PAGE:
There are both avoidable and unavoidable risk factors that lead to cardiovascular disease. Some risks that people can work to avoid include:
- High blood pressure
- High cholesterol
- Poor diet
- Sedentary lifestyle
While these risk factors can decrease with lifestyle changes, certain risks are unavoidable and can lead to the development of cardiovascular disease through no fault of the patient’s own.
Unavoidable risk factors include:
With age comes wisdom and, unfortunately, occasional health complications. Cardiovascular disease is no exception. According to a 2018 report from the American Heart Association, women who have experienced a heart attack do so by 72 years on average. For men, the age is 65.
The risk factor for cardiovascular disease may increase with age, but that does not mean a person is guaranteed to have a heart attack the older they become. By living a healthy lifestyle and staying active, older people can also reduce their chance of a heart attack or developing heart and circulatory complications.
2. Family History
Those whose families have a history of heart attacks can consider their genetic makeup a risk factor for cardiovascular disease. Family history is most likely to affect a person whose immediate family members experience cardiovascular disease at an age below the average.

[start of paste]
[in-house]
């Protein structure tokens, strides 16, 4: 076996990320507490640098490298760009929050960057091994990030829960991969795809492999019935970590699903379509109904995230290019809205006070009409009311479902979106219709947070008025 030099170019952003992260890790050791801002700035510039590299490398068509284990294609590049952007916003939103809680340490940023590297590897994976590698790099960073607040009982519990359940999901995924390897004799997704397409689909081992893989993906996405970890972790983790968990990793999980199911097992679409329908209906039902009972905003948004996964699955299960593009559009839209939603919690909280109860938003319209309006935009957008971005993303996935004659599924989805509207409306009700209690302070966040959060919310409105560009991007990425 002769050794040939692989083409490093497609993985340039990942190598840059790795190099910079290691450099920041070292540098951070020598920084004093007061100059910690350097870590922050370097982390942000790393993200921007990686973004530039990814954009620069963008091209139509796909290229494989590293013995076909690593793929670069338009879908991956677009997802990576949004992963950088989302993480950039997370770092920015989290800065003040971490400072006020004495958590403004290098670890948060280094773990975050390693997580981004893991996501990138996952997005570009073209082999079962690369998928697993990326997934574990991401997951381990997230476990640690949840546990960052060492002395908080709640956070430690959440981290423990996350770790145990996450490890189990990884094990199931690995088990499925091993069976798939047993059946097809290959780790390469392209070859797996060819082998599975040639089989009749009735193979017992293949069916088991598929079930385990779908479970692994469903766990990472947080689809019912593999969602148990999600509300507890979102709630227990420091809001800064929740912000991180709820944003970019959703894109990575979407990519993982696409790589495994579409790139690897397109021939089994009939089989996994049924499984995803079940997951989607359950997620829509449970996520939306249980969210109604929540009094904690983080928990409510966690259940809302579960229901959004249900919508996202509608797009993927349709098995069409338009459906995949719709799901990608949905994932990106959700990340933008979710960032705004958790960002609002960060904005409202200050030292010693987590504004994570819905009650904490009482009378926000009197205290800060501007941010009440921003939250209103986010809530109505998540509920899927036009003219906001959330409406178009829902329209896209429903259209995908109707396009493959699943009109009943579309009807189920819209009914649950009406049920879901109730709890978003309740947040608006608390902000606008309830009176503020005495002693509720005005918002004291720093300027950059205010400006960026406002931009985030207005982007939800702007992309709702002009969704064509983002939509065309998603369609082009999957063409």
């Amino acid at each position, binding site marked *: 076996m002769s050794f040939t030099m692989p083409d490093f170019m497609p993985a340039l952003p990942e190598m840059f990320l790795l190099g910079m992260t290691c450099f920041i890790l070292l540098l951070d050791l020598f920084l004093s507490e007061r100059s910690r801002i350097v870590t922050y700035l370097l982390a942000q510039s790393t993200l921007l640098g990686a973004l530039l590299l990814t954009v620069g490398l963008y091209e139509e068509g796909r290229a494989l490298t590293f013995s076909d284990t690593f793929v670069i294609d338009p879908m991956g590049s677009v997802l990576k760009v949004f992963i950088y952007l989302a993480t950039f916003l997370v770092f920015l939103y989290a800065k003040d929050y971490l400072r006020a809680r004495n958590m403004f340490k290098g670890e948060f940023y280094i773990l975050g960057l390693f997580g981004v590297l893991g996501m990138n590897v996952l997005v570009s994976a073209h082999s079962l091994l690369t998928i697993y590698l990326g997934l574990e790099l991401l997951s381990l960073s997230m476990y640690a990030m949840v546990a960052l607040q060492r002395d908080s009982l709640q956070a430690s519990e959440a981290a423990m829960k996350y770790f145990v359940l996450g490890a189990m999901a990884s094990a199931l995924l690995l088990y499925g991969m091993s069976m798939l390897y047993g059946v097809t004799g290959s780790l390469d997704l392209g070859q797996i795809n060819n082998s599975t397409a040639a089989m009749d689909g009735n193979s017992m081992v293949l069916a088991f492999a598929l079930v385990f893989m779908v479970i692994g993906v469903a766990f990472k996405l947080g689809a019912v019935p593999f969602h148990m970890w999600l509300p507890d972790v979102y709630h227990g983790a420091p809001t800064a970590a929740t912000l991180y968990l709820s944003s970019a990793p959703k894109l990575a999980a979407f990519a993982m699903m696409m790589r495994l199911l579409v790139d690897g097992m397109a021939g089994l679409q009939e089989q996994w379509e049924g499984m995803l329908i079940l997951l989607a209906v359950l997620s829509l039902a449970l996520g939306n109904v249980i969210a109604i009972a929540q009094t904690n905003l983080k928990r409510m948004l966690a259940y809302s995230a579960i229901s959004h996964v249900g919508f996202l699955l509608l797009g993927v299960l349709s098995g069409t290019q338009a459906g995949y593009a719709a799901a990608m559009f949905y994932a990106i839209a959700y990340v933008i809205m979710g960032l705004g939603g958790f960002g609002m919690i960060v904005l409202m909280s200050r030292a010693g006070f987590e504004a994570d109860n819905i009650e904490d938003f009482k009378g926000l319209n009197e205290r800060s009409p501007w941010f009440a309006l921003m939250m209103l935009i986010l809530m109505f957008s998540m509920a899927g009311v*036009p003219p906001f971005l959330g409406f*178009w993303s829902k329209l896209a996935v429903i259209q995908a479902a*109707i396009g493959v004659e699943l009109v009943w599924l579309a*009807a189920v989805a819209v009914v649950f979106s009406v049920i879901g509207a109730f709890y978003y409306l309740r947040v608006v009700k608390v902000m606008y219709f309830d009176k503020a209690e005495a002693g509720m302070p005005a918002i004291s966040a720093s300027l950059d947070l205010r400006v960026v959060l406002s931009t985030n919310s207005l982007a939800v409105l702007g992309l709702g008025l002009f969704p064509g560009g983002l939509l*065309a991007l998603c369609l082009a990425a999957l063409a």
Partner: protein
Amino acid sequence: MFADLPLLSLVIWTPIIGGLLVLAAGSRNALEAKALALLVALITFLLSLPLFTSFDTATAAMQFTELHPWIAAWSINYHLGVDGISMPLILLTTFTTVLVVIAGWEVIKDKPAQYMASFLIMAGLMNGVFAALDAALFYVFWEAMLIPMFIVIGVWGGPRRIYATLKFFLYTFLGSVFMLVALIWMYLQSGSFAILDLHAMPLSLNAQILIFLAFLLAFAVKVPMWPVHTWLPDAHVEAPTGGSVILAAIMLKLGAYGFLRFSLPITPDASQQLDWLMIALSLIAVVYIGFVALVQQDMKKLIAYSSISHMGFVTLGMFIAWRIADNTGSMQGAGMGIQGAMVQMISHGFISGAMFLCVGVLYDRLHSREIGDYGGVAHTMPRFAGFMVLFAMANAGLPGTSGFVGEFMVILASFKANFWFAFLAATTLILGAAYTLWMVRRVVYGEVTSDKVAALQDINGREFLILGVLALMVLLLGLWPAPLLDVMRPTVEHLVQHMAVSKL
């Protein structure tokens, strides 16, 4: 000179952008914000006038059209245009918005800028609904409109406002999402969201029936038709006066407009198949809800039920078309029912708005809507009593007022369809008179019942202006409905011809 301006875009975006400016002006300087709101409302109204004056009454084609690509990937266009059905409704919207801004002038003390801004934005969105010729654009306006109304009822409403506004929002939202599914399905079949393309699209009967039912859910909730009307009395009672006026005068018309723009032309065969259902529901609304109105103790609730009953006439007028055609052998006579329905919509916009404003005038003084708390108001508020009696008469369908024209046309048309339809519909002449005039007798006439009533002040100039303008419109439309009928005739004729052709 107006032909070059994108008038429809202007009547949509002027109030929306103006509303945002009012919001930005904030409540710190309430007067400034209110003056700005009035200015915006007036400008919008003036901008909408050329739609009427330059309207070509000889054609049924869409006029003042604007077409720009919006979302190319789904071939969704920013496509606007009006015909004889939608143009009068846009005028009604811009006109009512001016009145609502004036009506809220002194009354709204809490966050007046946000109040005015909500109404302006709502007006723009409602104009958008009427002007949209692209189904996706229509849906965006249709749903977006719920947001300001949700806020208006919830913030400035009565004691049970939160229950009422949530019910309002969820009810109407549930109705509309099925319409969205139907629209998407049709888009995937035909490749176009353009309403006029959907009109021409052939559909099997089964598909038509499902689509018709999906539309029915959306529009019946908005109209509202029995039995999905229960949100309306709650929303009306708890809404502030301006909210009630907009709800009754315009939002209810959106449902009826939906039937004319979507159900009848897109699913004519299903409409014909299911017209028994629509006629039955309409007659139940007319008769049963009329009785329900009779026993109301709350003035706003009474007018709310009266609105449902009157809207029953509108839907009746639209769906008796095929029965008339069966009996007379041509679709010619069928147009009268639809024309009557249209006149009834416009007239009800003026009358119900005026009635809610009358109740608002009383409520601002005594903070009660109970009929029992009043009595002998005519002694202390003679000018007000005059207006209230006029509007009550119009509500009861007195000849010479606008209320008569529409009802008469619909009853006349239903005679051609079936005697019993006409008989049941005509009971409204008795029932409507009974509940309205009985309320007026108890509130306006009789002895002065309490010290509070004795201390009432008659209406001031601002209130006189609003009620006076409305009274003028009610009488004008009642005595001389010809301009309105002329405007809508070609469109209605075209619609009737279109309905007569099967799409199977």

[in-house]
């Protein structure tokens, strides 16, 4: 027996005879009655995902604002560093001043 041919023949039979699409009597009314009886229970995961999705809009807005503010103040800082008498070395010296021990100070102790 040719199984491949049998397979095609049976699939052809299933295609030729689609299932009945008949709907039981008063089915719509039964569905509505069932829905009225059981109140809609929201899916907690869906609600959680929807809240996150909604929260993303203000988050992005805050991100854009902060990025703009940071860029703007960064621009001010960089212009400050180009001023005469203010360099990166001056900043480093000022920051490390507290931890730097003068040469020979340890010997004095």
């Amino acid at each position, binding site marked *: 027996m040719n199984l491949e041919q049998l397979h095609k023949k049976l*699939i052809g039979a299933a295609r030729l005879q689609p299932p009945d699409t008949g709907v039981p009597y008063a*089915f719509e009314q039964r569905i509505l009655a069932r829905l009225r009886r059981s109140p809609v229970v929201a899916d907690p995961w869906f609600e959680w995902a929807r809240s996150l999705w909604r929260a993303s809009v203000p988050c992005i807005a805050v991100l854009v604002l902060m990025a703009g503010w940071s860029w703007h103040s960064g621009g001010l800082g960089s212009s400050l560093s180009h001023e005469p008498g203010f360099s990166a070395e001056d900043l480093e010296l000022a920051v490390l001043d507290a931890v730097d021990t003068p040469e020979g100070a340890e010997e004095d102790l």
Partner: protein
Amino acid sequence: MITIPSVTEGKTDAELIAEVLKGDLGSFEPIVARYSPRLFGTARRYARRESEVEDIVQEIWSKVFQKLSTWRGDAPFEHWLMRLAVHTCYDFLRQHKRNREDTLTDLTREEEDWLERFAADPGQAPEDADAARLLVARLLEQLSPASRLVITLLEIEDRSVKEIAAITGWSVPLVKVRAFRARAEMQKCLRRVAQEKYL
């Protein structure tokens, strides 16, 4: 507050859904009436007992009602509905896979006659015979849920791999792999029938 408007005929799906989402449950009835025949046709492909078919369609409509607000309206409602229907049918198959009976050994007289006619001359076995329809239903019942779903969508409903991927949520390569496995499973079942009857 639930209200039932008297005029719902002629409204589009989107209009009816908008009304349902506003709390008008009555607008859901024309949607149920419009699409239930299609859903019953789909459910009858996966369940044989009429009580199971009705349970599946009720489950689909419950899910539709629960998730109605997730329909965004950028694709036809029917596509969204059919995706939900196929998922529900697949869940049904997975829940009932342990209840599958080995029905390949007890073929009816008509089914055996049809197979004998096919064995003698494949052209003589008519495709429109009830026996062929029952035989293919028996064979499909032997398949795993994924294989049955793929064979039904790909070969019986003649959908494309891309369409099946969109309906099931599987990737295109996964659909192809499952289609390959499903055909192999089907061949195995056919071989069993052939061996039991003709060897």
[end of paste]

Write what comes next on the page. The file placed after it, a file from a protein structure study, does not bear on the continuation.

For example, if the average age of the first heart attack for women is 72 and for men is 65, then a person may have a higher risk due to family history if their mother or father has a heart attack at 50.
People should also consider their family’s history of high blood pressure, high cholesterol, and type 2 diabetes, as these conditions can also increase the risk for cardiovascular disease.
Historically, cardiovascular disease has been considered a disease that primarily affects men. However, the medical community has since understood that women are also at risk for it, primarily due to their hormonal changes post-menopause. Women who develop cardiovascular disease usually do so several years after their male counterparts.
People of certain ethnicities, specifically those of South Asian, African, or Caribbean descent, are at greater risk for developing heart disease than others. That does not imply that people in different ethnic groups are safe from heart attacks. It only means the condition is more common among South Asian, African, or Caribbean descendants.
No matter your age, sex, family history, or race, people can take steps to combat this risk factor and prevent heart or circulatory issues by maintaining a healthy lifestyle.